David McReynolds on the treatment of gays in Cuba

Louis Proyect lnp3 at panix.com
Mon Nov 18 18:10:26 MST 2002

(David McReynolds is a veteran socialist and peace activist in the USA.
Neither he nor his party, the SP, are considered friendly to Castro. The
Leslie Cagan mentioned below is the chair of the liberated Pacifica
network, a long-time Cuba solidarity activist and a lesbian.)

Havana on My Mind

by David McReynolds

When I thought of Havana I thought of Cigars, Revolution, Fidel,  Bay of
Pigs, Cuban Missile Crisis. What I didn't think of was a tropical island,
huge trees with showers of roots hanging down to touch the sidewalk. I
hadn't even thought much of ancient cars and collapsing colonial houses.
Those were, in April of this year, only black-and-white photos in my mind.
(Even the music of Cuba was new to me -- it was only a couple of years ago
that I got interested after hearing my friend Bill Koehnlein's CD of the
Trio Matamoros -- recorded as far back as the late 1920s.  Unique, more akin
to New Orleans jazz than I would have imagined -- but why not? Black slaves
and Spanish conquerors).

Cuba. The Revolution just 90 miles from our shores. My life has taken me to
Vietnam, East Berlin in the old days, Iraq, Libya, to the old Soviet Union,
but not to Cuba. What about this "already existing socialism" so close to
us? In retirement, I thought to make up for lost time. I got an announcement
from the Committees of Correspondence for Socialism and Democracy (of which
I'm a nominal member -- my main allegiance in politics is to the Socialist
Party). It said "Celebrate May Day in Havana." I thought, "what the hell,
join the delegation and go now, before either Fidel dies or I do."

On April 27th I took off with Leslie Cagan, her mother, and several other
members of the CCSD from JFK on TACA Airlines. (If you are with a nominal
study group -- and in our case we were traveling as members of a group which
had academic credentials -- you can fly direct from JFK to Havana).

My only trip to the Caribbean was a few years ago, at the invitation of an
old friend, Bill White, to visit him in Costa Rica. A marvelous trip -- but
a sense of a high crime rate with lots of guns. My experiences with "already
existing socialism" had ranged from drab Moscow, to the chilling experience
of East Berlin at the height of the Cold War (a grey city, the flowers that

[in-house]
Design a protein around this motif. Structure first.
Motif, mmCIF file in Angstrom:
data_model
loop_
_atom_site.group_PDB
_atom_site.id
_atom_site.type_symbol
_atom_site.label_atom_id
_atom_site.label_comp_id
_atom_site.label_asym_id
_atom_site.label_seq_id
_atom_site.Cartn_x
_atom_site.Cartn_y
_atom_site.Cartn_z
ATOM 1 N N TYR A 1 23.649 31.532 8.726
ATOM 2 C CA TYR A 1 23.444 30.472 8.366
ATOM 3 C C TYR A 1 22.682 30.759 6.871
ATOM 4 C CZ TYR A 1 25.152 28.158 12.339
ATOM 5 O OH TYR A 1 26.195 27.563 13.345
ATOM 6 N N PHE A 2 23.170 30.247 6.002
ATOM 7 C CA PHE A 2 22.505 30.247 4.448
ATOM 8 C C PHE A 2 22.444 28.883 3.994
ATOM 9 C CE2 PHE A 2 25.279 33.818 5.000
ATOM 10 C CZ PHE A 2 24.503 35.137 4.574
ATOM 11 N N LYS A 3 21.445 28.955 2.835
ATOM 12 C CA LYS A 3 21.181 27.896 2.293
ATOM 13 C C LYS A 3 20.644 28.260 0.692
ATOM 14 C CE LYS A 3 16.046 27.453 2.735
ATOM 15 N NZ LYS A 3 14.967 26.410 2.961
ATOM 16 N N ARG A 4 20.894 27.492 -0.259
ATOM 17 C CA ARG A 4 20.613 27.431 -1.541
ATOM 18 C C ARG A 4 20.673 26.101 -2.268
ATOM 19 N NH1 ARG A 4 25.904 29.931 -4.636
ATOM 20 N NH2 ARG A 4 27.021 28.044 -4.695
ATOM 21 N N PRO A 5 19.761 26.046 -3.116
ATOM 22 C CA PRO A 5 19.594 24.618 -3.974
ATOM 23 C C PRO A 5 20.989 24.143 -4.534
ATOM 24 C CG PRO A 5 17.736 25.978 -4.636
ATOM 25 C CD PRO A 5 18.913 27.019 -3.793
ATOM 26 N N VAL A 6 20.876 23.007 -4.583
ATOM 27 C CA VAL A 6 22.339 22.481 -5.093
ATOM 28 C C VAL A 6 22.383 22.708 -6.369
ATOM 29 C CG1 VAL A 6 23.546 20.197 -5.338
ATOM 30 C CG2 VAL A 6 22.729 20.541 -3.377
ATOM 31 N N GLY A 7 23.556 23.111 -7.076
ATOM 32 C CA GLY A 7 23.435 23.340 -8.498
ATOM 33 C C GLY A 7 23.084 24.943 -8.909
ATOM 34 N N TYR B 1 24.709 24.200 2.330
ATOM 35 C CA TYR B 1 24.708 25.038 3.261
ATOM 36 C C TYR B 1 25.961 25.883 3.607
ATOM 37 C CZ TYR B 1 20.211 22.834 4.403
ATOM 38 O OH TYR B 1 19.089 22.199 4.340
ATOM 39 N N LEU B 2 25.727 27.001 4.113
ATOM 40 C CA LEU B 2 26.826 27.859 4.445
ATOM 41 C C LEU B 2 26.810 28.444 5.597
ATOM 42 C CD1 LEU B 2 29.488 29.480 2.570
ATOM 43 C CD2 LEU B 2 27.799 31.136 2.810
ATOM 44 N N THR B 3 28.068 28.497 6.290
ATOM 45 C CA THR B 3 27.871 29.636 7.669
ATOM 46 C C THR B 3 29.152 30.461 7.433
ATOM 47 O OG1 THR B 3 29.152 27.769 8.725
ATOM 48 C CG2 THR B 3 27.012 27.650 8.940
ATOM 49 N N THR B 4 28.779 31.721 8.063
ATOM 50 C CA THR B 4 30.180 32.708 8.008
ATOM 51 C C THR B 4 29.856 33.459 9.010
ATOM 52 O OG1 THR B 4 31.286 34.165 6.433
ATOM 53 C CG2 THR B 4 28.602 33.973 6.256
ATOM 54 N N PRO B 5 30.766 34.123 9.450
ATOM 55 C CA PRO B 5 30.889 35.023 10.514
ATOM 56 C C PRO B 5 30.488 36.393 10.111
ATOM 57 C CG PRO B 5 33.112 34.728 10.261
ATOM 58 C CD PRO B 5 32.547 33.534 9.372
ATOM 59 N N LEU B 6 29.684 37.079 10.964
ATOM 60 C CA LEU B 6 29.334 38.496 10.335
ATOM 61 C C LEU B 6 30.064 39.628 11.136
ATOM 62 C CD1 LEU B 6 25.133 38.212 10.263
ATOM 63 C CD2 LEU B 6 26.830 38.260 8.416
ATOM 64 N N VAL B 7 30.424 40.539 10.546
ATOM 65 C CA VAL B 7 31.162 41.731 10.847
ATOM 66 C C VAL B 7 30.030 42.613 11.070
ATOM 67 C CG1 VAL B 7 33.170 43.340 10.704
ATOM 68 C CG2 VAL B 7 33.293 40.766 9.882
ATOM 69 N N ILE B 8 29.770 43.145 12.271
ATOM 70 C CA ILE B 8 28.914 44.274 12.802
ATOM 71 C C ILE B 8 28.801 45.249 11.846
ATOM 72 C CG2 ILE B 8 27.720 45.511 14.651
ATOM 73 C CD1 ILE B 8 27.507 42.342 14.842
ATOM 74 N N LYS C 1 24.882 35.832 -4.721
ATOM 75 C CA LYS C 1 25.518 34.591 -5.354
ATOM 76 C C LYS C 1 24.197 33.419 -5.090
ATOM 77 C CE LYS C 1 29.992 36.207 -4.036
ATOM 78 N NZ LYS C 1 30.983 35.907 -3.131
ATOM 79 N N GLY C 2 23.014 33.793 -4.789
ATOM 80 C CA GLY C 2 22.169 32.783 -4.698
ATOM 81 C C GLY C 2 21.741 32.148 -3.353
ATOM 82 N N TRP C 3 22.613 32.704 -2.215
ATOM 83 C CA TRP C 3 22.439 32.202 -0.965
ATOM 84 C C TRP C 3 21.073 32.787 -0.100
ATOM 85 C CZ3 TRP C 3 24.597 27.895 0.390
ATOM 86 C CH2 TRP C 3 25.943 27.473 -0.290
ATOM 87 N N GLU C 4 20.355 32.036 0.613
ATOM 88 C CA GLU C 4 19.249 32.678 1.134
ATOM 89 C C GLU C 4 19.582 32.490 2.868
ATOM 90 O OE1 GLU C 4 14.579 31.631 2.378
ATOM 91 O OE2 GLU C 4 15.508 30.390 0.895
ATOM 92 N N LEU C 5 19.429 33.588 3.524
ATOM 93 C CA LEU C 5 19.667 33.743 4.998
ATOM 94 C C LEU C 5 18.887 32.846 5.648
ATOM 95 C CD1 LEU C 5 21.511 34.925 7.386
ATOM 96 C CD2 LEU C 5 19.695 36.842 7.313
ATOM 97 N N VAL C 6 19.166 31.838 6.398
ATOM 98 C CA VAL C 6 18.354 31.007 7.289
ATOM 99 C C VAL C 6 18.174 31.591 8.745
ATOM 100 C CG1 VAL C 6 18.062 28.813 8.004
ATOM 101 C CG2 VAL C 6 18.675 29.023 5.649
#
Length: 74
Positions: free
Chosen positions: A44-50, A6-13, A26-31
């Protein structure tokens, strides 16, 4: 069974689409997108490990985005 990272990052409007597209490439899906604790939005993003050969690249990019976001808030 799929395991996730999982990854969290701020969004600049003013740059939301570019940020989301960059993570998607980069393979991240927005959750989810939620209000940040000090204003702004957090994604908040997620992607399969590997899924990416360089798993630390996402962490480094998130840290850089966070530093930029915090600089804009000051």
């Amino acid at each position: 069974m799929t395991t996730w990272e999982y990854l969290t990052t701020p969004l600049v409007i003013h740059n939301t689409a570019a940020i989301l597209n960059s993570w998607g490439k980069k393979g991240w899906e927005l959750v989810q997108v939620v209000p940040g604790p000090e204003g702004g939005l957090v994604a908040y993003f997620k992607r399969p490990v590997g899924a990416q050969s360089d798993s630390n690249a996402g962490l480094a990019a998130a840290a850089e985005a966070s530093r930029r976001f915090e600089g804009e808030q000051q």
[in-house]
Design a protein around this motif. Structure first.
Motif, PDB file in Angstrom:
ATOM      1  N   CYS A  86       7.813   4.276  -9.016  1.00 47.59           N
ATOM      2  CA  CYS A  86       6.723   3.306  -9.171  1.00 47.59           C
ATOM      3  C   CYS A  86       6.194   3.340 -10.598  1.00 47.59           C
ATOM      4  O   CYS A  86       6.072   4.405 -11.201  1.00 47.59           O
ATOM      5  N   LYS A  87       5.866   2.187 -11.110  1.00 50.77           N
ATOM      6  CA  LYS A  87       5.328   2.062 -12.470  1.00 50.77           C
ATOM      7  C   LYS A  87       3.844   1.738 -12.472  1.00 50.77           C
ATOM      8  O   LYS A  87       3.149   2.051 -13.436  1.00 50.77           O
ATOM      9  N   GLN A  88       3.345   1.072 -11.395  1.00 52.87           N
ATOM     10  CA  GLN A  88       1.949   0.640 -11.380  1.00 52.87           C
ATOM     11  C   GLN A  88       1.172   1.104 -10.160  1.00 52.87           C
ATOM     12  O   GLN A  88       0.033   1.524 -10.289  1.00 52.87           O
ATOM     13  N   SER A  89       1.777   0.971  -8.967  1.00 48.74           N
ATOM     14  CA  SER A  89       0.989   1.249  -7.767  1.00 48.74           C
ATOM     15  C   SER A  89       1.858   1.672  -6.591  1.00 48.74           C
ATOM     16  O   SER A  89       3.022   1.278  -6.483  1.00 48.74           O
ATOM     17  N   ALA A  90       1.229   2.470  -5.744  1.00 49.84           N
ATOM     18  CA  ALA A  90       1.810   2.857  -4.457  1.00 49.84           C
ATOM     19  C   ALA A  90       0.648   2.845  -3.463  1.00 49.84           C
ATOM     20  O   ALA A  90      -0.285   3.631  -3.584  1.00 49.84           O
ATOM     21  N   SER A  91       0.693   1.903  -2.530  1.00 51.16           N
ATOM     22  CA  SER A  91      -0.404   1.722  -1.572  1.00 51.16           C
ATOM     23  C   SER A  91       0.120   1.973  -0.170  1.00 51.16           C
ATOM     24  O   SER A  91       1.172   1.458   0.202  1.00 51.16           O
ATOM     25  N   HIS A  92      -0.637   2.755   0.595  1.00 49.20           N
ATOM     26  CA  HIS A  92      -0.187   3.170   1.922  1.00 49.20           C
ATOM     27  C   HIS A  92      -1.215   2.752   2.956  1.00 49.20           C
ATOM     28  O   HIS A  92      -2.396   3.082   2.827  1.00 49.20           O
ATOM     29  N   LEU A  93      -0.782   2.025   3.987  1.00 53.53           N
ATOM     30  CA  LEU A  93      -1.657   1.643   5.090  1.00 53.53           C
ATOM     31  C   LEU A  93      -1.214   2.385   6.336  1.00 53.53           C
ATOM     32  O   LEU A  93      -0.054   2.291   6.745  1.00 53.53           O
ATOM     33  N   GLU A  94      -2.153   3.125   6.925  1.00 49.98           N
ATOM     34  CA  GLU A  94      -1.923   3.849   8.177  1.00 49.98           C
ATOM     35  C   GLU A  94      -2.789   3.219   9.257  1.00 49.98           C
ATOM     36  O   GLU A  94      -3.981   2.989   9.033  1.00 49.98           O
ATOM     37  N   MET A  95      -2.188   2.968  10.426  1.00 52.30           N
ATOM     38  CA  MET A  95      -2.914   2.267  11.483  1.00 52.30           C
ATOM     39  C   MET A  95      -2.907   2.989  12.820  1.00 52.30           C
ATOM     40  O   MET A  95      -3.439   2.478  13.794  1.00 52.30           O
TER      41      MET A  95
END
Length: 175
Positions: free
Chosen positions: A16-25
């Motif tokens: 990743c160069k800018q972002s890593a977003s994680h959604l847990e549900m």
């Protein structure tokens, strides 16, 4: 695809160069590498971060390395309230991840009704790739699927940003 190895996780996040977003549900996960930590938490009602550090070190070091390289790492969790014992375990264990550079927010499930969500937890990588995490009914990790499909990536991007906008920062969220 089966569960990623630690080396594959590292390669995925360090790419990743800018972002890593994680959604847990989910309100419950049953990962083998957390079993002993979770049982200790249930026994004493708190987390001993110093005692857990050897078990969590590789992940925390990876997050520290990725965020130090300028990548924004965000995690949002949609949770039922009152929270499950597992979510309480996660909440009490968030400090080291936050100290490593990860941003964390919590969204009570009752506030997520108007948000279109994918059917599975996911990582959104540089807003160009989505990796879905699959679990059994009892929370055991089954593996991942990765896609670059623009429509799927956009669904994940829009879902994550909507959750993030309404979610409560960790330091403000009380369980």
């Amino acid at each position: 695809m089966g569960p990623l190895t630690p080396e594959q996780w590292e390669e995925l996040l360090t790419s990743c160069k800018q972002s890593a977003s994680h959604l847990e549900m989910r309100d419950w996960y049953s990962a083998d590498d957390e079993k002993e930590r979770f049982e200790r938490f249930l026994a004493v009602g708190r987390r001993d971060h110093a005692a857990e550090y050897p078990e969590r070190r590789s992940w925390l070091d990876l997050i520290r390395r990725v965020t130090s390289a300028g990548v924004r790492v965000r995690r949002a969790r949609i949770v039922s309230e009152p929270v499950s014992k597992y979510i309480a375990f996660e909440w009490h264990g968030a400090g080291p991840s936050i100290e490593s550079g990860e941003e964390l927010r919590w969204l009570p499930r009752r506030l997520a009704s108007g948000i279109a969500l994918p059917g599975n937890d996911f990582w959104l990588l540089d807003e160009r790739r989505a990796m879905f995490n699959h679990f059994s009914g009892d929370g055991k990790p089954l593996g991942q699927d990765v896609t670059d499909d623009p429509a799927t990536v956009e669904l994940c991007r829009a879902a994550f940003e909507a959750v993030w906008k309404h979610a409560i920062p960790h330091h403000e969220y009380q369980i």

bloomed even in the poor sections of West Berlin appeared nowhere at all in
the East; soldiers in dull green uniforms walked in pairs, guns at the
ready), to Hanoi, which, because it was in the midst of a war -- that had
gone on for a generation -- had no time for painting the old colonial
buildings, and of course to Prague, (one of the most beautiful cities in the
world) and the dubious joys of watching Soviet tanks roll by my hotel that
August in 1968 as Czechoslovakia was saved from the dangers of "socialism
with a human face."

I do not mean to be overly critical of the Soviet Bloc. These countries had
medical care, education, food, housing. It is only now, after the "glories
of free enterprise" have devastated Eastern Europe and Russia that their
citizens look back and often long for what they have lost. I didn't know
what Cuban Communism would look like but unlike most tourists, I brought
with me lots of ideological baggage. I was determined to try to look with
open eyes, listen with open ears, and see what my impressions were in a
single short week. Anyone who thinks they can tell you what Cuba is like
after spending seven days there, most of it in Havana, should be dismissed.I
don't know what Cuba is like. These are only notes on a week, and
reflections on revolution.

First, I urge folks to travel to Cuba and see for themselves. Send an email
to Common Ground, the travel agency which took care of the trip
<commonground at mediaone.net> or write: Common Ground, 55 Norfolk St.,
Cambridge, Ma. 02139, Cambridge, Mass. 02139.

For a political background, if you have a computer, download two articles on
Cuba, one by an American Trotskyist who is Cuban and lives in the United
States, the other by a British socialist. They are differing views, and
good. Go to:

The whole world seems to be going to Cuba.  Tens of thousands of Americans
visit each year. You may have to fly to Canada or Mexico to get a direct
flight.  If you are going, as we were, with a group that has a State Dept.
certificate, you can fly direct from JFK. We landed at a dismal little
airport, very much "already existing socialism." I found out the next day
that Havana has a large modern airport, but TACA airlines didn't have
permission to land there -- so much for the dangers of first impressions!

We were met by our tour guide, and taken directly to our hotel, The
Presidente, close to the Malecon, the great sea wall that runs along one
side of Havana. It was a little unnerving to be in a Communist country and
find a staff all in proper hotel uniform. Sure, there were a few problems
with the hotel -- my toilet wouldn't flush at one point, and when I sent my
shirt to the laundry I got two shirts back instead of one. But I'd happily